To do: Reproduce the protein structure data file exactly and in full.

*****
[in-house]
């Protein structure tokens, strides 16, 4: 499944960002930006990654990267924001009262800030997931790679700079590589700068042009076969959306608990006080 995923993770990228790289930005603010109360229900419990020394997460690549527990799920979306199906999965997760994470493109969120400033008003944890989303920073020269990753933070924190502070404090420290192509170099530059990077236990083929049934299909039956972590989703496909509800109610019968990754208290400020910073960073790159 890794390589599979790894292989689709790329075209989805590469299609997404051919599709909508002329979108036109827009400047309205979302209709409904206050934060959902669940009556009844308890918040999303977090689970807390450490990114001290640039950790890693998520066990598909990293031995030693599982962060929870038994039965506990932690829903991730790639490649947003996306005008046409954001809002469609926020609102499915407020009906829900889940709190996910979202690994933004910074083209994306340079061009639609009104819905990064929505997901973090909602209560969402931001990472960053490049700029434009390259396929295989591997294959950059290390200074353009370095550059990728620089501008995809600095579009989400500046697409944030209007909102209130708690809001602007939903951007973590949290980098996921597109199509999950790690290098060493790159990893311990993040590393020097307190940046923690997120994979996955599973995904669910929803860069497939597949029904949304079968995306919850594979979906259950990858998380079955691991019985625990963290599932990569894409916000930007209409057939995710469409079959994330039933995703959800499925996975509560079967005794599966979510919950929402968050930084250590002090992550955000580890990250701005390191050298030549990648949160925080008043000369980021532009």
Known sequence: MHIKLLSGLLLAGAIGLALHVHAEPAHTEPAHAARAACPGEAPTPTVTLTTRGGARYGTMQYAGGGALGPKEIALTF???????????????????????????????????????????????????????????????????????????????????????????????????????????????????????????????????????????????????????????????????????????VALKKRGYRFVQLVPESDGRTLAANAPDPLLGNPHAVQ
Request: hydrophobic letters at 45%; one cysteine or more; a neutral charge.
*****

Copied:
[in-house]
């Protein structure tokens, strides 16, 4: 499944960002930006990654990267924001009262800030997931790679700079590589700068042009076969959306608990006080 995923993770990228790289930005603010109360229900419990020394997460690549527990799920979306199906999965997760994470493109969120400033008003944890989303920073020269990753933070924190502070404090420290192509170099530059990077236990083929049934299909039956972590989703496909509800109610019968990754208290400020910073960073790159 890794390589599979790894292989689709790329075209989805590469299609997404051919599709909508002329979108036109827009400047309205979302209709409904206050934060959902669940009556009844308890918040999303977090689970807390450490990114001290640039950790890693998520066990598909990293031995030693599982962060929870038994039965506990932690829903991730790639490649947003996306005008046409954001809002469609926020609102499915407020009906829900889940709190996910979202690994933004910074083209994306340079061009639609009104819905990064929505997901973090909602209560969402931001990472960053490049700029434009390259396929295989591997294959950059290390200074353009370095550059990728620089501008995809600095579009989400500046697409944030209007909102209130708690809001602007939903951007973590949290980098996921597109199509999950790690290098060493790159990893311990993040590393020097307190940046923690997120994979996955599973995904669910929803860069497939597949029904949304079968995306919850594979979906259950990858998380079955691991019985625990963290599932990569894409916000930007209409057939995710469409079959994330039933995703959800499925996975509560079967005794599966979510919950929402968050930084250590002090992550955000580890990250701005390191050298030549990648949160925080008043000369980021532009």
Known sequence: MHIKLLSGLLLAGAIGLALHVHAEPAHTEPAHAARAACPGEAPTPTVTLTTRGGARYGTMQYAGGGALGPKEIALTF???????????????????????????????????????????????????????????????????????????????????????????????????????????????????????????????????????????????????????????????????????????VALKKRGYRFVQLVPESDGRTLAANAPDPLLGNPHAVQ
Request: hydrophobic letters at 45%; one cysteine or more; a neutral charge.